This passage rivals the 23rd Psalm as the most famous and often-cited piece of Scripture, so I was pretty intimidated by the prospect of commenting on it. Countless sermon series have been preached on this, but we only have space for a few short notes.
• The address is to “Our Father,” which speaks to both our intimate relationship with him (“Father”) and the communal nature of the church (he isn’t just “my" Father but “our" Father).
• The first thing we're supposed to ask for is “Hallowed be your name,” which ought to be the top priority of every believer. We should desire, with all our hearts, to see his “name,” his reputation, be lifted up and given the respect, awe, and worship he deserves, by both ourselves and by the entire world. His name should be treated as holy.
• Along with this desire for his name to be treated as holy, we should desire to see his kingdom come forth. Every place where Christians gather should be a “colony of heaven,” a place where the Lord is obeyed with the same eagerness which angels display around his throne.
• Notice that he doesn’t say “Give us today our steak and lobster.” He promises to take care of our needs, not necessarily all of our desires.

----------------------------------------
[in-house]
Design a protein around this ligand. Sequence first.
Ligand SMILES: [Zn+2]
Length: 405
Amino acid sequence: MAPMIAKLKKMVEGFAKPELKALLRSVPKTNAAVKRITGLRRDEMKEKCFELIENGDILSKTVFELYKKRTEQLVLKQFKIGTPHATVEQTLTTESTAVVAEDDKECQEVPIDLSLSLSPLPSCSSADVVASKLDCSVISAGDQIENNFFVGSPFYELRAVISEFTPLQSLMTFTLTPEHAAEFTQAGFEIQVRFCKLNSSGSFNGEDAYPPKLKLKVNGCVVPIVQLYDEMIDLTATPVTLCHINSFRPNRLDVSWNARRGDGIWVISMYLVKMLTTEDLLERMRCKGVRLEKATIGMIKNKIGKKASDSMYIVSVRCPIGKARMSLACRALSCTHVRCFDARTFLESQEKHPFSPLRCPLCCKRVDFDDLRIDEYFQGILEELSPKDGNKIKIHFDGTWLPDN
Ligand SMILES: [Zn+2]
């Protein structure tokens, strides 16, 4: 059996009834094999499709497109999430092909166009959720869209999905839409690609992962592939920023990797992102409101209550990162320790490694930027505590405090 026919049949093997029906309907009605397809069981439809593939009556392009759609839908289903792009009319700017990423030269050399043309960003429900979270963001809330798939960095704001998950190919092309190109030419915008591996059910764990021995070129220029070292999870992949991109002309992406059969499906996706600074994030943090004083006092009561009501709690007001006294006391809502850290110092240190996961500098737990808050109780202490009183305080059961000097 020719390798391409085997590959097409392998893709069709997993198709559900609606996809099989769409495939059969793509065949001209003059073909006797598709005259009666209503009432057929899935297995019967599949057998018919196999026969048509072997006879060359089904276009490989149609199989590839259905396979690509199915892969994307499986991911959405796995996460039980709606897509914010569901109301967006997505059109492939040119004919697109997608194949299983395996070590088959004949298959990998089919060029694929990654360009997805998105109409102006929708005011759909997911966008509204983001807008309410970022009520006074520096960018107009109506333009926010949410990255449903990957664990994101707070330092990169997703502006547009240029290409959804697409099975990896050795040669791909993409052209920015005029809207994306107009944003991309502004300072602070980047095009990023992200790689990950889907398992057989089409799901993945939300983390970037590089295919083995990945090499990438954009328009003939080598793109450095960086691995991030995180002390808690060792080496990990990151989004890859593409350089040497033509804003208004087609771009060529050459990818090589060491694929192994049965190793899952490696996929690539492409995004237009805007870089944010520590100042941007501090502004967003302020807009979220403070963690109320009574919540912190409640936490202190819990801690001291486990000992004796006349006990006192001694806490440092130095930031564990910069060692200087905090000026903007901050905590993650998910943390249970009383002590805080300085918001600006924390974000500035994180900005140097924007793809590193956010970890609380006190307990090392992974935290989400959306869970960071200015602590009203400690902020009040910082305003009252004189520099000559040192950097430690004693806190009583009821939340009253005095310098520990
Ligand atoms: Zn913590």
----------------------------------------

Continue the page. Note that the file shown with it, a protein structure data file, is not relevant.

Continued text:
• The requirement for our forgiveness couldn’t be any clearer. There's absolutely no way to keep communion with our Father if we harbor an unforgiving spirit. You can stop forgiving others when you stop needing forgiveness. By the way, the main reason I put “Lord’s Prayer” in quotes in the title is because the common name for this passage is a bit of a misnomer. Jesus himself could never pray this prayer, since he didn’t have any sins that needed forgiveness.
• How proud we are, how greatly do we overestimate our spiritual maturity! When Jesus predicted Peter’s denial during their last hours together before the cross, Peter’s pride led him to firmly contradict this: “Even if I have to die with you, I will never disown you.” How many times would that claim echo through his mind and mock him over the next few hours! None of us, save the Master himself, knows the full power of the Enemy, and none of us should desire to find out. If the Father sees fit to remove the “hedge of protection” around us and let the Adversary strike, then so be it. But always our plea should be “Lead us not into temptation.”
I know that a lot of people learn this prayer as a mere rote, and they repeat it as a meaningless ritual. But that doesn’t change the fact that this prayer has a lot of meaning for us, and the Lord Jesus submitted it to us as “how you should pray.” This doesn’t mean that we have to include the exact verbiage in every prayer, but it does mean we should study it so that every aspect of it is woven into every conversation we have with our Father.
Father, my first and foremost desire is to see your name be treated as holy, your kingdom come, and your will to be done in my life, just like it is in heaven. In order for that to happen, some changes have to be made. Please show me what I need to do, and give me the strength I need.